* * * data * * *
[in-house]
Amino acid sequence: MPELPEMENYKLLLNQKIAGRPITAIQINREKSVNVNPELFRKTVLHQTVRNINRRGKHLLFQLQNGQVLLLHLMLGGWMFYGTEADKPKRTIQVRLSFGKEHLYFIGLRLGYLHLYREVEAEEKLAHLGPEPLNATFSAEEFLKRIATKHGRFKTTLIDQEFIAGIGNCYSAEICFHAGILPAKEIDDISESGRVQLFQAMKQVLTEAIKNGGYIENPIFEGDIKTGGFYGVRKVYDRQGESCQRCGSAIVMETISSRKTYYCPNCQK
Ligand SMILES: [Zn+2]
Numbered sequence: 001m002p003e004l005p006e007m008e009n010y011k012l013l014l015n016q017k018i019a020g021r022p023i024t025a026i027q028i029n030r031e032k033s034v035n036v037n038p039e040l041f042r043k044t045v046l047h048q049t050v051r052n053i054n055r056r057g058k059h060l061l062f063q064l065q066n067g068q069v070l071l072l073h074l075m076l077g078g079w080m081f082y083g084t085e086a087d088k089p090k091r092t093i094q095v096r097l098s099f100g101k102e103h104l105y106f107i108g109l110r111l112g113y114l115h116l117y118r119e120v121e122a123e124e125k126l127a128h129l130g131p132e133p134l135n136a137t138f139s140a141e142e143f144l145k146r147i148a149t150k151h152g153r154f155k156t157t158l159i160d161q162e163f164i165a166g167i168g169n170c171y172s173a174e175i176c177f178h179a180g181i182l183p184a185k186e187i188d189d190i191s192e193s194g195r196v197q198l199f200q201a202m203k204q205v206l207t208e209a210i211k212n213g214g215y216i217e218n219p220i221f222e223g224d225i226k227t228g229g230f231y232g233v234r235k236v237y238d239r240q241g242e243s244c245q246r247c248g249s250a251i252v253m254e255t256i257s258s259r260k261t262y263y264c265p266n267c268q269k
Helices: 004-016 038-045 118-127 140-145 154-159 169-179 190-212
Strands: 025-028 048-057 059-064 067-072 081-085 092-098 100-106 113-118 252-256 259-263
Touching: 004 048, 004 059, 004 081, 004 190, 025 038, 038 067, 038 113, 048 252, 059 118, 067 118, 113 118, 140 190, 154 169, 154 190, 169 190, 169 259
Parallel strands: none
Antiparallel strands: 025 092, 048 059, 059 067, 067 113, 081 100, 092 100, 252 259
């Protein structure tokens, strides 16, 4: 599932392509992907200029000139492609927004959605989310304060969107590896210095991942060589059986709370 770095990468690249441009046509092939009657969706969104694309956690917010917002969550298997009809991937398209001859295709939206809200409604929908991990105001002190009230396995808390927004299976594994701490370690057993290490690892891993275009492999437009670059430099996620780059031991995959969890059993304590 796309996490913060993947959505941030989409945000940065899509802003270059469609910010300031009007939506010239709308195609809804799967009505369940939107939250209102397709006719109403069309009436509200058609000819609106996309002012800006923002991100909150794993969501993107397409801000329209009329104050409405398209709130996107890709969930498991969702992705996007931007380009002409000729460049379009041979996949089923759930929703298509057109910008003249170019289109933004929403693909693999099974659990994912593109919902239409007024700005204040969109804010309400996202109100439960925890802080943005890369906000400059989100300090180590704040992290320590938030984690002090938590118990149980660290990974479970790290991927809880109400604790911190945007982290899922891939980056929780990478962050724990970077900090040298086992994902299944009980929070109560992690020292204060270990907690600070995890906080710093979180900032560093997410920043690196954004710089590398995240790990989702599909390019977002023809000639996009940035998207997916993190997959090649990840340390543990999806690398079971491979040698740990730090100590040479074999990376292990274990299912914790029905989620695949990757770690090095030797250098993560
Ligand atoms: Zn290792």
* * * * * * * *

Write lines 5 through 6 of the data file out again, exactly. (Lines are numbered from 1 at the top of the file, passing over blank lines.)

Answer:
Helices: 004-016 038-045 118-127 140-145 154-159 169-179 190-212
Strands: 025-028 048-057 059-064 067-072 081-085 092-098 100-106 113-118 252-256 259-263